Fury: Horrific skin disease meant I wasn't fully fit


Hughie Fury insists he has already won his biggest fight before facing Joseph Parker for his WBO world heavyweight title on Saturday.

The English boxer has recovered from a skin disease called acne conglobata, which left him too tired to train and fearing his career was finished.

“That’s all behind me now,” Fury told ESPN. “I’ve got a clean sheet, I feel a different person and a lot stronger. My body wasn’t allowing me to do a lot before.

“It would put me out for two weeks at a time before the fight which was three or four weeks away. I just had to stop because I was worse off for training. I had a skin condition which was poisoning my blood and over the years it has got worse and worse.”

Identifying and resolving the condition, as well as a lower back injury which forced the first scheduled fight with Parker to to be postponed, means Fury has not fought for 17 months.

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But Fury — cousin of former lineal world heavyweight champion Tyson Fury — insists he feels like a new fighter ahead of facing New Zealander Parker at the Manchester Arena.

“I’ve had it for years, before my professional and amateur careers and it was difficult to live with. It put my immune system down. I saw people going forward and I was just going backwards because of it.

“It was horrific. I would try a shirt on and it would be covered in blood and every time I sparred my T-shirt would be soaked with blood.

“I’ve had it sorted for a year now. I took medication [Roacutane] for six months and it’s just gone now. I’ve been able to build up muscle and body weight. People don’t know what I can do because I’ve not been fully fit before like I am [now].”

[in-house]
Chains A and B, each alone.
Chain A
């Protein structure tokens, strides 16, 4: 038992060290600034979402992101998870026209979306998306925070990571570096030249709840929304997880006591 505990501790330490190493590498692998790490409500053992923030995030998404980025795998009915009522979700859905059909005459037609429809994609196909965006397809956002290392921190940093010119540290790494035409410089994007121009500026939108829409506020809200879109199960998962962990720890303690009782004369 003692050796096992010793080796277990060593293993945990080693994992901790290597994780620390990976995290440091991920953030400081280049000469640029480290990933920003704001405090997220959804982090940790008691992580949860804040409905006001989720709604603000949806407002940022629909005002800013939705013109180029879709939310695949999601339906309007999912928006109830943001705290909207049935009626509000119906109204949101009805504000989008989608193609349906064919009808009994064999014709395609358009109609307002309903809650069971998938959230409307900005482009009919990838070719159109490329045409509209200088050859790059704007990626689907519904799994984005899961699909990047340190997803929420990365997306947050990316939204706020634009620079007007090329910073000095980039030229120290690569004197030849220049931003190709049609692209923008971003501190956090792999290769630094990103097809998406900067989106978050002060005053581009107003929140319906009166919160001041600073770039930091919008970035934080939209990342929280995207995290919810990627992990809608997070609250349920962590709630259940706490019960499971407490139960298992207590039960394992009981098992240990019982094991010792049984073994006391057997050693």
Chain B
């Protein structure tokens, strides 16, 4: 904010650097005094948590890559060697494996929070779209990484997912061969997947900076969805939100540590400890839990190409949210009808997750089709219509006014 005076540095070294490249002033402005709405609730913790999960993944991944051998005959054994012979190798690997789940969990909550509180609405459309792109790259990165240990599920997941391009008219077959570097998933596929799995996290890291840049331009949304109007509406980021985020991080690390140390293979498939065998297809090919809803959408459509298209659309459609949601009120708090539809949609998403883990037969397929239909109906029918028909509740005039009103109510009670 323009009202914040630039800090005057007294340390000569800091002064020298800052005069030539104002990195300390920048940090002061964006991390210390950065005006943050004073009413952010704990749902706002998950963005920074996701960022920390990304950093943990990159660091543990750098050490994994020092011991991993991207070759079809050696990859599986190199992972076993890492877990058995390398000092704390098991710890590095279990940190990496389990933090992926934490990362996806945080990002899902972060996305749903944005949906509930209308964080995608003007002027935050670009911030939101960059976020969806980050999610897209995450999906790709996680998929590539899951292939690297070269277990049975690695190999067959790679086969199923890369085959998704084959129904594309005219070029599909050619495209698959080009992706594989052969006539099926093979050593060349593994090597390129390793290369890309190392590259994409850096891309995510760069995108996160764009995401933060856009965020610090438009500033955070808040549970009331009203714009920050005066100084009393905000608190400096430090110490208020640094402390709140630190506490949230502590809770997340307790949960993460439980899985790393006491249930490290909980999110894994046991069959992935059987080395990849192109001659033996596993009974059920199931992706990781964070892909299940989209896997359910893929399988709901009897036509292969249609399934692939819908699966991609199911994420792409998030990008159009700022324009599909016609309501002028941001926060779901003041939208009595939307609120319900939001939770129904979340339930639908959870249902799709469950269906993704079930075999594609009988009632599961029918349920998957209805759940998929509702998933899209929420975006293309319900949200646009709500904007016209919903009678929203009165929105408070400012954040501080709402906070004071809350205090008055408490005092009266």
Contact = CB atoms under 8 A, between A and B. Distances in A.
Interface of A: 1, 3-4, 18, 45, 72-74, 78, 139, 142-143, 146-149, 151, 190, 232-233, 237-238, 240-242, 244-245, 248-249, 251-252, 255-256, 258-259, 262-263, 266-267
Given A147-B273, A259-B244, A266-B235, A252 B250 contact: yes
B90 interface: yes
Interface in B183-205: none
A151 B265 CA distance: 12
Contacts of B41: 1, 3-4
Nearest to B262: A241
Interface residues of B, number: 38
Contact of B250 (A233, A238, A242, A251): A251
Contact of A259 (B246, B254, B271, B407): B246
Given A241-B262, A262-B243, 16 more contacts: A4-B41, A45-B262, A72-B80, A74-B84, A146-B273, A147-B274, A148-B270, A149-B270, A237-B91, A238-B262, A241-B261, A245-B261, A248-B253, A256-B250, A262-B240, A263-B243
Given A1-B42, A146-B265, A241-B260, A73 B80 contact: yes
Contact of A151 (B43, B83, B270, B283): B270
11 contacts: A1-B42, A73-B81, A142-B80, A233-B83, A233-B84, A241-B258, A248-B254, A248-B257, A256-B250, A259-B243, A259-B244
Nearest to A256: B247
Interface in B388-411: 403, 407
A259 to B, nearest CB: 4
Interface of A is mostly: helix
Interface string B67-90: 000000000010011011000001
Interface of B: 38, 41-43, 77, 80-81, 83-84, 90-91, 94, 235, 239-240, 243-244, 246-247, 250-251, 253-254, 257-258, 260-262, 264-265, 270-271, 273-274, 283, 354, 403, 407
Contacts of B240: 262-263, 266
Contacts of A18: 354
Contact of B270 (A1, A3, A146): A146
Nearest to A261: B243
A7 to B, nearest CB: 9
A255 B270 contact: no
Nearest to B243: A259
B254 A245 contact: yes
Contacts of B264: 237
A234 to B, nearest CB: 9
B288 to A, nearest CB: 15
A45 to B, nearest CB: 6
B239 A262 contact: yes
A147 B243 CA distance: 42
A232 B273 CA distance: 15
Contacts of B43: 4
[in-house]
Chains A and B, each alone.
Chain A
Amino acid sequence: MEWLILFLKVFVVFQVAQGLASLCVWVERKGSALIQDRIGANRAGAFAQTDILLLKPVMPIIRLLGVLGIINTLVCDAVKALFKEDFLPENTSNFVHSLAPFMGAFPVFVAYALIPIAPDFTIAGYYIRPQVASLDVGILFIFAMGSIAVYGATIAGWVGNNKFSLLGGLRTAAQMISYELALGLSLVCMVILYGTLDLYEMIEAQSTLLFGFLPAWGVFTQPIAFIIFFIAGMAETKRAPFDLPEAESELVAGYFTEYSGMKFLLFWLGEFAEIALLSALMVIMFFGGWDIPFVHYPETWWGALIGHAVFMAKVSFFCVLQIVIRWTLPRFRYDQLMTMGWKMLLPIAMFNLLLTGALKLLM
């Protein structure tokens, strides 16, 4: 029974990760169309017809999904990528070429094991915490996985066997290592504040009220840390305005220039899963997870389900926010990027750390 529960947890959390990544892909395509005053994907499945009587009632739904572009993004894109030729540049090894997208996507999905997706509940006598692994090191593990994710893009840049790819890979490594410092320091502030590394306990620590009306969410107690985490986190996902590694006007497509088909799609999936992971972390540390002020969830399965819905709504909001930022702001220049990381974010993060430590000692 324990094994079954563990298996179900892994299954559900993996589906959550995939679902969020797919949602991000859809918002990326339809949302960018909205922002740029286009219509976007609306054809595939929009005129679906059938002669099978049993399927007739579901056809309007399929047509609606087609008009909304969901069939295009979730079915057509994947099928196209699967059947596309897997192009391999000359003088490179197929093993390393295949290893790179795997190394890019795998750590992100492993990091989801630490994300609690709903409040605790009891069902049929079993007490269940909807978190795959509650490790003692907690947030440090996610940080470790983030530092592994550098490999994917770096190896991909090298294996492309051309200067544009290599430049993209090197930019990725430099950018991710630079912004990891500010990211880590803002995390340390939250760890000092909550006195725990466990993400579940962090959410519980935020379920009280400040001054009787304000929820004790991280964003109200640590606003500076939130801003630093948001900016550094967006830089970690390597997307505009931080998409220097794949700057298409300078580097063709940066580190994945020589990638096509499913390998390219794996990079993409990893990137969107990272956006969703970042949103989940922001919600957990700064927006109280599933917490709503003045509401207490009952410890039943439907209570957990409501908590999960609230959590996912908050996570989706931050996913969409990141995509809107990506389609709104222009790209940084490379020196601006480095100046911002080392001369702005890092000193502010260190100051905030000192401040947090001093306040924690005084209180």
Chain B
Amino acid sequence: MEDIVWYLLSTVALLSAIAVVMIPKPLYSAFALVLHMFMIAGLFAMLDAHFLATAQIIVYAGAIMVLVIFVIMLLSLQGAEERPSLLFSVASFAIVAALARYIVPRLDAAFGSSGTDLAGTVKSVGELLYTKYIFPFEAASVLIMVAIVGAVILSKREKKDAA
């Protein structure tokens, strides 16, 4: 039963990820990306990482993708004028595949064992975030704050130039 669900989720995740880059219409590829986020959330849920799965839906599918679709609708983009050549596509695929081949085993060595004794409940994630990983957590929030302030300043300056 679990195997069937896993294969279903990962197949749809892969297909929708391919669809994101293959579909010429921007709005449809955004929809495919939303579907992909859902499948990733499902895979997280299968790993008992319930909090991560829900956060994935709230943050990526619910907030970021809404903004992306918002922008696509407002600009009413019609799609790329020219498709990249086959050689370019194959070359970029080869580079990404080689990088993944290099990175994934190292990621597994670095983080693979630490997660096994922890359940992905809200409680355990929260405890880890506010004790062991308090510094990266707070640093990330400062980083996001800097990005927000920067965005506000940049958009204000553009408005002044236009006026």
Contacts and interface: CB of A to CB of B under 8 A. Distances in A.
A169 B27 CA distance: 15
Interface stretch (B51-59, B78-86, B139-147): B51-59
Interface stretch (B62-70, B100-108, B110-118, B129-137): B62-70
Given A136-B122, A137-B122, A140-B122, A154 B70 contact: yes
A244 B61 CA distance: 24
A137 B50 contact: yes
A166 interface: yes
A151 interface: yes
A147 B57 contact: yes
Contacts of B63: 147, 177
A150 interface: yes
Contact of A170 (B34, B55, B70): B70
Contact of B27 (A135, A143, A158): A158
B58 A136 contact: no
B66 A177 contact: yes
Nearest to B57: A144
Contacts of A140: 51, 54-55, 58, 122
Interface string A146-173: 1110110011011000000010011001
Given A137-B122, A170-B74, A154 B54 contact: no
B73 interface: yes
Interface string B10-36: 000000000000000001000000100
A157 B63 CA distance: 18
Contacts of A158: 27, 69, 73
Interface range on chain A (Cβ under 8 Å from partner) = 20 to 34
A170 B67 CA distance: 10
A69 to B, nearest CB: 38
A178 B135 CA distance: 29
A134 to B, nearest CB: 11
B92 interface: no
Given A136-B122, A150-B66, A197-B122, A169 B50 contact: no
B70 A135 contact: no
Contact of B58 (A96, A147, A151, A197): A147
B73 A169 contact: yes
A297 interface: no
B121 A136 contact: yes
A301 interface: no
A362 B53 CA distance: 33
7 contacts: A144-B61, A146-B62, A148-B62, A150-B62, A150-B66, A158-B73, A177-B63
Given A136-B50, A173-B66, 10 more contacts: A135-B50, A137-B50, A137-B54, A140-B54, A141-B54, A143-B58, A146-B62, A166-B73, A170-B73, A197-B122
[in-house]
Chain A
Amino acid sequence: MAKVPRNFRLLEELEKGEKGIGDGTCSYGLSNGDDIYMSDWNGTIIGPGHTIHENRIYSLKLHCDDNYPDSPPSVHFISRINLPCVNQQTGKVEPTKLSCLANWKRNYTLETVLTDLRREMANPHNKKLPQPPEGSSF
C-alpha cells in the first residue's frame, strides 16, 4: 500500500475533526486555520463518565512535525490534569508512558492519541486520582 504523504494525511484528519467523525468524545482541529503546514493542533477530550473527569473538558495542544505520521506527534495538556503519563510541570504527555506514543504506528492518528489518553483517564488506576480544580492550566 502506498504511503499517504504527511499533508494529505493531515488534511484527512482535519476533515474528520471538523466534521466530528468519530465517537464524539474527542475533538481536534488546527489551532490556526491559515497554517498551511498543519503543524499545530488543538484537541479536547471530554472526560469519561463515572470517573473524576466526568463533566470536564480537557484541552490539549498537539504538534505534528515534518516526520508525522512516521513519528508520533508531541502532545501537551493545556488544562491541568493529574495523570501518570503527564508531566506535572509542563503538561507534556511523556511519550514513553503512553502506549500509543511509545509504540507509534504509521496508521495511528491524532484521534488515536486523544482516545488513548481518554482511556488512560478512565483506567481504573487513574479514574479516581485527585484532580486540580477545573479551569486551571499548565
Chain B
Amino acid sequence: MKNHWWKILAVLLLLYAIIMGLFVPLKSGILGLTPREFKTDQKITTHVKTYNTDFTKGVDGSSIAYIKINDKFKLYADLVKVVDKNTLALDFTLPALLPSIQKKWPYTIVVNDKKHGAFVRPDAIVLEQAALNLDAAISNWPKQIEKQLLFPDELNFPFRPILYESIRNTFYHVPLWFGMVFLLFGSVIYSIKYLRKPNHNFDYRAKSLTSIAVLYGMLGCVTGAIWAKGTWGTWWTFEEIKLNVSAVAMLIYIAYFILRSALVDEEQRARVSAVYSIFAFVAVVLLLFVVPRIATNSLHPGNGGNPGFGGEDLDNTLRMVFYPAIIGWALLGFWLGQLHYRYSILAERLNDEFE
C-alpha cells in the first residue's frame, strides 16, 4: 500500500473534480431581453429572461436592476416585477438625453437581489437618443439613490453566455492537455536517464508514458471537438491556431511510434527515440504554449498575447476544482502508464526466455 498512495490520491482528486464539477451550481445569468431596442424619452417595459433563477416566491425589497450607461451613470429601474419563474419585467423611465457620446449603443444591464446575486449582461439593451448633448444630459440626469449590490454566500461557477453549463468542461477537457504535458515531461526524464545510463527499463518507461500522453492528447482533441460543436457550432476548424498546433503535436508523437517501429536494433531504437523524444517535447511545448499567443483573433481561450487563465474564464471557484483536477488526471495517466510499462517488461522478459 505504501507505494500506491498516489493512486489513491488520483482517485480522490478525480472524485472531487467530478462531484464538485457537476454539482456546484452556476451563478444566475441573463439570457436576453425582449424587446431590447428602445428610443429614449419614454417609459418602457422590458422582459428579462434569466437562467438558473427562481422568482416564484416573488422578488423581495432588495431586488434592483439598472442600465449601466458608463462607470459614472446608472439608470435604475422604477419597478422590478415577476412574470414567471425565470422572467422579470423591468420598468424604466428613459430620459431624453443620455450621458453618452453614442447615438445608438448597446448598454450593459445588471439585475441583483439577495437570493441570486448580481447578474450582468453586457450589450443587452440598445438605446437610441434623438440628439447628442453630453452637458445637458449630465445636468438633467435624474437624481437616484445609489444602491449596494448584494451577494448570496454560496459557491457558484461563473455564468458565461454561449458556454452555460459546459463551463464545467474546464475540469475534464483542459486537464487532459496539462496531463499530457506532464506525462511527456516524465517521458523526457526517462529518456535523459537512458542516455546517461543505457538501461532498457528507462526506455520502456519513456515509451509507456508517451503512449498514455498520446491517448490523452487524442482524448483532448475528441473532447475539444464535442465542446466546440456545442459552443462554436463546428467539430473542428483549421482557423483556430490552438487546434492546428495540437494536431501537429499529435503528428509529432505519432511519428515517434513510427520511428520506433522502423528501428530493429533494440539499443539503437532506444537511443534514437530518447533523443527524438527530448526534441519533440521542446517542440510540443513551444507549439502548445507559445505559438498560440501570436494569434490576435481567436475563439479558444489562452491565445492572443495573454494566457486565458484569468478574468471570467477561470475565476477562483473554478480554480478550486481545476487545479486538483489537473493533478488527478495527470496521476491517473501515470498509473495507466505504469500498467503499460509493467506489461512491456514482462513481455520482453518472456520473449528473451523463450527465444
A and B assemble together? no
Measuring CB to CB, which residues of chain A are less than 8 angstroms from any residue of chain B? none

The fight was originally scheduled to take place in Auckland, New Zealand, on May 6 but was postponed in April after Fury suffered a lower back injury.

Since recovering from the back injury sustained, Fury (20-0, 10 KOs) has been based at an isolated training camp in the Lake District, using a converted squash court as a gym. His training regime has included fell running, chopping wood and swimming in Lake Windermere.

“I’ve done the whole training camp outside in the Lake District and it has been a brutal, hard, blood, sweat and tears,” said Fury, who turned 23 six days before Saturday’s fight.

“[It’s] One of the hardest training camps I’ve had. The hard work and torture I’ve been through means the fight will be the easy part.”

Fury will start as underdog in his home city against Parker, but he is not concerned about the being odds against him.

“It doesn’t really bother me because I feel like the champion anyway so it’s a matter time and I will prove that on September 23,” said Fury.

“Joseph Parker is a tough fighter and I do rate him as one of the toughest fighters out there, he’s very hungry. He’s got good movement and fast hands and he can box either way.”

But Fury, who at 6-foot-4 is two inches taller than the champion, will enter the ring on Saturday irked by Parker’s discussions with other British boxers — world No. 1 Anthony Joshua [IBF and WBA world champion] and Tony Bellew — about future fights.

“He was obviously overlooking me,” said Fury. “That’s the worst thing he could ever do and he will see that on September 23. Eddie Hearn is a cockroach.

“They’ll see what they are going to get by overlooking me. I hope he’s well prepared, that’s for sure. This is the best you will see from me. I’ve had the best camp in my life and I believe it will bring the best out of me. I’m the fittest I’ve ever felt.”


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